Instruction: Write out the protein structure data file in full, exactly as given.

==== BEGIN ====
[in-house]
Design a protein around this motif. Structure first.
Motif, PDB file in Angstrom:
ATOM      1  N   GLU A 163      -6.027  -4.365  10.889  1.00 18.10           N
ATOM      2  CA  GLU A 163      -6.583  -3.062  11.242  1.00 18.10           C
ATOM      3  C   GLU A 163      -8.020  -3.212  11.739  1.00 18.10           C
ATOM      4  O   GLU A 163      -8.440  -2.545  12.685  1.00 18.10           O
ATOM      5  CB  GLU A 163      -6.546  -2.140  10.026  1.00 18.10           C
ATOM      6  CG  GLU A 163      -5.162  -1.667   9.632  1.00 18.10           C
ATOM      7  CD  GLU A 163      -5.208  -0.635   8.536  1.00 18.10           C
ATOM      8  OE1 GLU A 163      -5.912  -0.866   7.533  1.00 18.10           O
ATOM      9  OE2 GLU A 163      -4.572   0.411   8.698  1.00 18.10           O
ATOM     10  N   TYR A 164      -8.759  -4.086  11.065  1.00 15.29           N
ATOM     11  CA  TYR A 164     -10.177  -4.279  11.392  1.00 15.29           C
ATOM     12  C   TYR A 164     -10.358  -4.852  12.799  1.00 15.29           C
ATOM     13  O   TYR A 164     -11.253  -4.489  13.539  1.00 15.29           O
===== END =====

[in-house]
Design a protein around this motif. Structure first.
Motif, PDB file in Angstrom:
ATOM      1  N   GLU A 163      -6.027  -4.365  10.889  1.00 18.10           N
ATOM      2  CA  GLU A 163      -6.583  -3.062  11.242  1.00 18.10           C
ATOM      3  C   GLU A 163      -8.020  -3.212  11.739  1.00 18.10           C
ATOM      4  O   GLU A 163      -8.440  -2.545  12.685  1.00 18.10           O
ATOM      5  CB  GLU A 163      -6.546  -2.140  10.026  1.00 18.10           C
ATOM      6  CG  GLU A 163      -5.162  -1.667   9.632  1.00 18.10           C
ATOM      7  CD  GLU A 163      -5.208  -0.635   8.536  1.00 18.10           C
ATOM      8  OE1 GLU A 163      -5.912  -0.866   7.533  1.00 18.10           O
ATOM      9  OE2 GLU A 163      -4.572   0.411   8.698  1.00 18.10           O
ATOM     10  N   TYR A 164      -8.759  -4.086  11.065  1.00 15.29           N
ATOM     11  CA  TYR A 164     -10.177  -4.279  11.392  1.00 15.29           C
ATOM     12  C   TYR A 164     -10.358  -4.852  12.799  1.00 15.29           C
ATOM     13  O   TYR A 164     -11.253  -4.489  13.539  1.00 15.29           O